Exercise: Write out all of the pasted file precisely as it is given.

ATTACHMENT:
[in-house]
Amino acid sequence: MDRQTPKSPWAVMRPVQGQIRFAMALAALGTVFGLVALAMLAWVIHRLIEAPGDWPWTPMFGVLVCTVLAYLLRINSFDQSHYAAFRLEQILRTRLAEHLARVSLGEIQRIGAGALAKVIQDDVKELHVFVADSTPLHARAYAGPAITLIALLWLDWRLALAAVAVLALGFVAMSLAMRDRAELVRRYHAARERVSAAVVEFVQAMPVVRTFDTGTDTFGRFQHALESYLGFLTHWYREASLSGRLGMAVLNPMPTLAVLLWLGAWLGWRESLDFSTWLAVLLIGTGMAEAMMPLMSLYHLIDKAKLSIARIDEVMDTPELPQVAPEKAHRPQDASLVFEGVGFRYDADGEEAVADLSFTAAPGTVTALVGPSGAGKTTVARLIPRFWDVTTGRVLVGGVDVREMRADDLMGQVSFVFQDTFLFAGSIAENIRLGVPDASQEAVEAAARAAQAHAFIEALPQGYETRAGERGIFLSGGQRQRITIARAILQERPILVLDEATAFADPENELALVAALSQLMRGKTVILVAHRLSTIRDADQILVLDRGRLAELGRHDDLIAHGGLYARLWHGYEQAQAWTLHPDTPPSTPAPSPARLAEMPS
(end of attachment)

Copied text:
[in-house]
Amino acid sequence: MDRQTPKSPWAVMRPVQGQIRFAMALAALGTVFGLVALAMLAWVIHRLIEAPGDWPWTPMFGVLVCTVLAYLLRINSFDQSHYAAFRLEQILRTRLAEHLARVSLGEIQRIGAGALAKVIQDDVKELHVFVADSTPLHARAYAGPAITLIALLWLDWRLALAAVAVLALGFVAMSLAMRDRAELVRRYHAARERVSAAVVEFVQAMPVVRTFDTGTDTFGRFQHALESYLGFLTHWYREASLSGRLGMAVLNPMPTLAVLLWLGAWLGWRESLDFSTWLAVLLIGTGMAEAMMPLMSLYHLIDKAKLSIARIDEVMDTPELPQVAPEKAHRPQDASLVFEGVGFRYDADGEEAVADLSFTAAPGTVTALVGPSGAGKTTVARLIPRFWDVTTGRVLVGGVDVREMRADDLMGQVSFVFQDTFLFAGSIAENIRLGVPDASQEAVEAAARAAQAHAFIEALPQGYETRAGERGIFLSGGQRQRITIARAILQERPILVLDEATAFADPENELALVAALSQLMRGKTVILVAHRLSTIRDADQILVLDRGRLAELGRHDDLIAHGGLYARLWHGYEQAQAWTLHPDTPPSTPAPSPARLAEMPS